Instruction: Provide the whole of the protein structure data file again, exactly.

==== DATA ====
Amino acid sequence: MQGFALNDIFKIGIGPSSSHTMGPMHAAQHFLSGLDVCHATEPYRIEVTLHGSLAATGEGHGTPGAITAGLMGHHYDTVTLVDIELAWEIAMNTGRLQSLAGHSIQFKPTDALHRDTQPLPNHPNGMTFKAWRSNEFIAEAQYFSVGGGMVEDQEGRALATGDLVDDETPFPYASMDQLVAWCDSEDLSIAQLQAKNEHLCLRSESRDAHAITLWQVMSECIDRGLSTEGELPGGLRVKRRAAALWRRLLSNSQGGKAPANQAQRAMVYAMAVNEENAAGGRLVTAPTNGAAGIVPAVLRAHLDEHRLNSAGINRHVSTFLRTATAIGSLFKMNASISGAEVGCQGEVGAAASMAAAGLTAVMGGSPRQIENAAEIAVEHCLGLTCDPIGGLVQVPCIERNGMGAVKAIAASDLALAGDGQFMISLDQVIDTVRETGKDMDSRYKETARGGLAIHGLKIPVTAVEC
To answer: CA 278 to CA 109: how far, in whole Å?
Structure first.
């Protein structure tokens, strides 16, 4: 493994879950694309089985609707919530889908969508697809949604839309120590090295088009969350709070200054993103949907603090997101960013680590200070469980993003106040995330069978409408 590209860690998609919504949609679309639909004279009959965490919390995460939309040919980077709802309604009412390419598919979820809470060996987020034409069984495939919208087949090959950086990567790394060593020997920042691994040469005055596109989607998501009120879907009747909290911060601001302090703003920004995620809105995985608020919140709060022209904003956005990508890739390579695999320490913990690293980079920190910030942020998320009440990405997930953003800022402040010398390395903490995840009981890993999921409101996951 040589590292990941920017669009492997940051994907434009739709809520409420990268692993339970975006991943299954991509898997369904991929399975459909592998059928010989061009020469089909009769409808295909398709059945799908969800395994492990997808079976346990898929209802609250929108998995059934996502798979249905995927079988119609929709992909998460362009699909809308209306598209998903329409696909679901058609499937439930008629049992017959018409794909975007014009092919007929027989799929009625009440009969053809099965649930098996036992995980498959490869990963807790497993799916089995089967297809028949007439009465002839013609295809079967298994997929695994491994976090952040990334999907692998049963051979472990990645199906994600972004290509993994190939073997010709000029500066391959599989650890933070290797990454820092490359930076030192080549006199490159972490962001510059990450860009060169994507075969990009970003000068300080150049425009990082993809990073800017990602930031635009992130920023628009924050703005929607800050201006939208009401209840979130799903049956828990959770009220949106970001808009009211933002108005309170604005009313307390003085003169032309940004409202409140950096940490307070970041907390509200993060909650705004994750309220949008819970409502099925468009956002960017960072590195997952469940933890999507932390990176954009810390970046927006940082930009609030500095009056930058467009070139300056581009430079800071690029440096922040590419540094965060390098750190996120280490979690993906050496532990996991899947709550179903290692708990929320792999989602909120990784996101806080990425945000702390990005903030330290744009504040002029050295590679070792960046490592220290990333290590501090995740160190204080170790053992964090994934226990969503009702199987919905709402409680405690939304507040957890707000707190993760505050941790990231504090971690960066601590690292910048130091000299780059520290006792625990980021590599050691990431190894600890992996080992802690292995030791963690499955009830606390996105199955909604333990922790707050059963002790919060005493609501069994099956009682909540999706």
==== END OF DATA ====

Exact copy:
Amino acid sequence: MQGFALNDIFKIGIGPSSSHTMGPMHAAQHFLSGLDVCHATEPYRIEVTLHGSLAATGEGHGTPGAITAGLMGHHYDTVTLVDIELAWEIAMNTGRLQSLAGHSIQFKPTDALHRDTQPLPNHPNGMTFKAWRSNEFIAEAQYFSVGGGMVEDQEGRALATGDLVDDETPFPYASMDQLVAWCDSEDLSIAQLQAKNEHLCLRSESRDAHAITLWQVMSECIDRGLSTEGELPGGLRVKRRAAALWRRLLSNSQGGKAPANQAQRAMVYAMAVNEENAAGGRLVTAPTNGAAGIVPAVLRAHLDEHRLNSAGINRHVSTFLRTATAIGSLFKMNASISGAEVGCQGEVGAAASMAAAGLTAVMGGSPRQIENAAEIAVEHCLGLTCDPIGGLVQVPCIERNGMGAVKAIAASDLALAGDGQFMISLDQVIDTVRETGKDMDSRYKETARGGLAIHGLKIPVTAVEC
To answer: CA 278 to CA 109: how far, in whole Å?
Structure first.
């Protein structure tokens, strides 16, 4: 493994879950694309089985609707919530889908969508697809949604839309120590090295088009969350709070200054993103949907603090997101960013680590200070469980993003106040995330069978409408 590209860690998609919504949609679309639909004279009959965490919390995460939309040919980077709802309604009412390419598919979820809470060996987020034409069984495939919208087949090959950086990567790394060593020997920042691994040469005055596109989607998501009120879907009747909290911060601001302090703003920004995620809105995985608020919140709060022209904003956005990508890739390579695999320490913990690293980079920190910030942020998320009440990405997930953003800022402040010398390395903490995840009981890993999921409101996951 040589590292990941920017669009492997940051994907434009739709809520409420990268692993339970975006991943299954991509898997369904991929399975459909592998059928010989061009020469089909009769409808295909398709059945799908969800395994492990997808079976346990898929209802609250929108998995059934996502798979249905995927079988119609929709992909998460362009699909809308209306598209998903329409696909679901058609499937439930008629049992017959018409794909975007014009092919007929027989799929009625009440009969053809099965649930098996036992995980498959490869990963807790497993799916089995089967297809028949007439009465002839013609295809079967298994997929695994491994976090952040990334999907692998049963051979472990990645199906994600972004290509993994190939073997010709000029500066391959599989650890933070290797990454820092490359930076030192080549006199490159972490962001510059990450860009060169994507075969990009970003000068300080150049425009990082993809990073800017990602930031635009992130920023628009924050703005929607800050201006939208009401209840979130799903049956828990959770009220949106970001808009009211933002108005309170604005009313307390003085003169032309940004409202409140950096940490307070970041907390509200993060909650705004994750309220949008819970409502099925468009956002960017960072590195997952469940933890999507932390990176954009810390970046927006940082930009609030500095009056930058467009070139300056581009430079800071690029440096922040590419540094965060390098750190996120280490979690993906050496532990996991899947709550179903290692708990929320792999989602909120990784996101806080990425945000702390990005903030330290744009504040002029050295590679070792960046490592220290990333290590501090995740160190204080170790053992964090994934226990969503009702199987919905709402409680405690939304507040957890707000707190993760505050941790990231504090971690960066601590690292910048130091000299780059520290006792625990980021590599050691990431190894600890992996080992802690292995030791963690499955009830606390996105199955909604333990922790707050059963002790919060005493609501069994099956009682909540999706």